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Showing: 21-30 results of 1385

The Mother of Xerxes. B.C. 522–484 Persian magnificence. The name of Xerxes is associated in the minds of men with the idea of the highest attainable elevation of human magnificence and grandeur. This monarch was the sovereign of the ancient Persian empire when it was at the height of its prosperity and power. It is probable, however, that his greatness and fame lose nothing by the manner in which his story comes down to us through the... more...

Chapter I. Normandy. A.D. 870-912 The Norman Conquest.Claim of William to the throne.The right of the strongest. One of those great events in English history, which occur at distant intervals, and form, respectively, a sort of bound or landmark, to which all other events, preceding or following them for centuries, are referred, is what is called the Norman Conquest. The Norman Conquest was, in fact, the accession of William, duke of Normandy,... more...

CHAPTER I THE NEUTRALITY OF BELGIUM AND LUXEMBURG I The kingdom of Belgium is a comparatively new creation, but the idea of a Belgian nation is older than the kingdom. Historically and geographically the kingdom has no doubt an artificial character; its boundaries have been determined by the Great Powers and cut across the ancient provinces of the Netherlands. And it must be added that its population is heterogeneous both in race and... more...

I THE OUTLOOK FOR CAPITAL September, 1917 The Creation of Capital—The Inducement—War and Capital One of the questions that are now most keenly agitating the minds of the investing public and of financiers who cater for its wants, and also of employers and organisers of industry who are trying to see their way into after-the-war conditions, is that of the supply of capital. On this subject there are two contradictory theories: one... more...

Thirty-five years ago I made a voyage to the Arctic Seas in what Chaucer calls   A little boteNo bigger than a mannë’s thought; it was a Phantom Ship that made some voyages to different parts of the world which were recorded in early numbers of Charles Dickens’s “Household Words.”  As preface to Richard Hakluyt’s records of the first endeavour of our bold Elizabethan mariners to find North-West... more...


THE DISCOVERY ATTRIBUTED TO VERRAZZANO. The discovery of the greater portion of the Atlantic coast of North America, embracing all of the United States north of Cape Roman in South Carolina, and of the northern British provinces as far at least as Cape Breton, by Giovanni da Verrazzano, a Florentine, in the service of the king of France, has received until quite recently the assent of all the geographers and historians who have taken occasion to... more...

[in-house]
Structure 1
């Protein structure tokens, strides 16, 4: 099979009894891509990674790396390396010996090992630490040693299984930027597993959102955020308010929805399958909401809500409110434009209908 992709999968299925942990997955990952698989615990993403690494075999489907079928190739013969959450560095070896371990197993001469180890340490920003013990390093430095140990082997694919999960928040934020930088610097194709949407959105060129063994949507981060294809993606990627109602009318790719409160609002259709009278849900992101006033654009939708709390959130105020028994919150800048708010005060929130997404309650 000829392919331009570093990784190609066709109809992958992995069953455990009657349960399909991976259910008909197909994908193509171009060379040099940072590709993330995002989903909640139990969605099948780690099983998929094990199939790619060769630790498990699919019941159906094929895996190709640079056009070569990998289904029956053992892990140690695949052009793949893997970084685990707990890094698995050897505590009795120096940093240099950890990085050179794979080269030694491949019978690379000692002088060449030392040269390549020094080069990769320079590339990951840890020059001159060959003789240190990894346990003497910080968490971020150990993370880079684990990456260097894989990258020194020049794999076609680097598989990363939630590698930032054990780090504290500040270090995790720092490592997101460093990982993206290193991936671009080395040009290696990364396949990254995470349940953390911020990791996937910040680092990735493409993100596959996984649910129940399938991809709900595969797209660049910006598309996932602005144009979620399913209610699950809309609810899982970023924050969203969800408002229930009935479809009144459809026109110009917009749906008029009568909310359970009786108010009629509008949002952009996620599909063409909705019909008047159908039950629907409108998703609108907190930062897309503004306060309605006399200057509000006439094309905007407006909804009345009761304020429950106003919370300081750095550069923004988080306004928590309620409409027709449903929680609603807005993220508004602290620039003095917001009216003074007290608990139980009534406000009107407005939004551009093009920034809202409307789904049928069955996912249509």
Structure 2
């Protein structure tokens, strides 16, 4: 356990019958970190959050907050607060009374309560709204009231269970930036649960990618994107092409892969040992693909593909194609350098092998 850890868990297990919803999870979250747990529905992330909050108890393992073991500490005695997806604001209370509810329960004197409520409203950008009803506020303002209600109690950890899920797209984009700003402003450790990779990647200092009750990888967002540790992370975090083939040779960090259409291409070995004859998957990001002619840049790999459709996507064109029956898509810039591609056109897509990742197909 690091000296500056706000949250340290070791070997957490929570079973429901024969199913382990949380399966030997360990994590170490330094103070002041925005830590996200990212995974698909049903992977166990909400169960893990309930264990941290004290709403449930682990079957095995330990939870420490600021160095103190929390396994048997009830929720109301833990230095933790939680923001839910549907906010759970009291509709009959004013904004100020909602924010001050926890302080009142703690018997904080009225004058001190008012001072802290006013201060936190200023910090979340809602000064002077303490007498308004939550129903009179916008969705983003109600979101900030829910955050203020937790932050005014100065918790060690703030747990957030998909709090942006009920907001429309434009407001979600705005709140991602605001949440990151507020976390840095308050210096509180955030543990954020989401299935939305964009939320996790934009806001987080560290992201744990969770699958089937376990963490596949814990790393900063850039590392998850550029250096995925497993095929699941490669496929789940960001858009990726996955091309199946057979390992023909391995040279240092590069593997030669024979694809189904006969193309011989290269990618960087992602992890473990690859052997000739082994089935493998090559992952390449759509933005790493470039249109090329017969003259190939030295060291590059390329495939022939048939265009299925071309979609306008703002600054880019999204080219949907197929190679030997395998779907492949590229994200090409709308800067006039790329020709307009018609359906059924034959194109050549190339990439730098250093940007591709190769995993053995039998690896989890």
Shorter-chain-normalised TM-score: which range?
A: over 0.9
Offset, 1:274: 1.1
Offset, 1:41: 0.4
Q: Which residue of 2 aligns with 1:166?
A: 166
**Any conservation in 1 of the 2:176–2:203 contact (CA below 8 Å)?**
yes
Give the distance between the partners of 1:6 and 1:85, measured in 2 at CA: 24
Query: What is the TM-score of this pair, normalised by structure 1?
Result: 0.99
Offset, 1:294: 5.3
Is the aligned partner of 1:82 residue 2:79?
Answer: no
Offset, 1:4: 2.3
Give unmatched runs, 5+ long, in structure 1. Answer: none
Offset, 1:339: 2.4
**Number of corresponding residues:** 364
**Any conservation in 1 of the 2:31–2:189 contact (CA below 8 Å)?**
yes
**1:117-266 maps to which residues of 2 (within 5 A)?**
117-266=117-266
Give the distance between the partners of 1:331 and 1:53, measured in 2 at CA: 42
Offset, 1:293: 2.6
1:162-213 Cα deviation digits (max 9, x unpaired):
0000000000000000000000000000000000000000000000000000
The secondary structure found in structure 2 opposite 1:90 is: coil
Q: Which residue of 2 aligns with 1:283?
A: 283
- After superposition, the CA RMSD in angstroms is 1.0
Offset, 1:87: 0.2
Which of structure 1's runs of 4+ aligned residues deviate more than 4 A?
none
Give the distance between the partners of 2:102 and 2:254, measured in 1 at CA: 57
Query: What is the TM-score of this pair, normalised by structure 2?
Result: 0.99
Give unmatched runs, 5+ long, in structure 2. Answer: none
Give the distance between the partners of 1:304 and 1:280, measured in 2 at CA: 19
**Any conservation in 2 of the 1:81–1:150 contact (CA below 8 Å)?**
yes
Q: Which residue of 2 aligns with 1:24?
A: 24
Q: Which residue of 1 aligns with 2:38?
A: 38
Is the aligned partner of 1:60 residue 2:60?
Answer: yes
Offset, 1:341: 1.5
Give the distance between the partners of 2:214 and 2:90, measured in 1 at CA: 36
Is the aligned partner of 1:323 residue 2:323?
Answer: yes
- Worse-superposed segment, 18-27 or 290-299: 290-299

I—THE REALM OF THE CZAR. When we think of our country, we feel proud of it for other and better reasons than its great size. We know how its extent compares with that of other nations; we know that the United States covers an area almost equal to that of Europe, and, more favored than that Grand Division, is situated on the two great highways of commerce, the Atlantic and Pacific Oceans. Europe is as far from the latter, as Asia is from... more...

PREFACE. It has been my ambition for many years to write a history of Norway, chiefly because no such book, worthy of the name, exists in the English language. When the publishers of the present volume proposed to me to write the story of my native land, I therefore eagerly accepted their offer. The story, however, according to their plan, was to differ in some important respects from a regular history. It was to dwell particularly upon the... more...

CHAPTER I. Condition of the Persians under the Successors of Alexander—under the Arsacidce. Favor shown them by the latter—allowed to have Kings of their own. Their Religion at first held in honor. Power of their Priests. Gradual Change of Policy on the part of the Parthian Monarchs, and final Oppression of the Magi. Causes which produced the Insurrection of Artaxerxes. "The Parthians had been barbarians; they had ruled over a... more...

CHAPTER I. Geography of Parthia Proper, Character of the Region, Climate, Character of the Surrounding Countries. The broad tract of desert which, eastward of the Caspian Sea, extends from the Mougbojar hills to the Indian Ocean, a distance of above 1500 miles, is interrupted about midway by a strip of territory possessing features of much beauty and attraction. This strip, narrow compared to the desert on either side of it, is yet, looked at... more...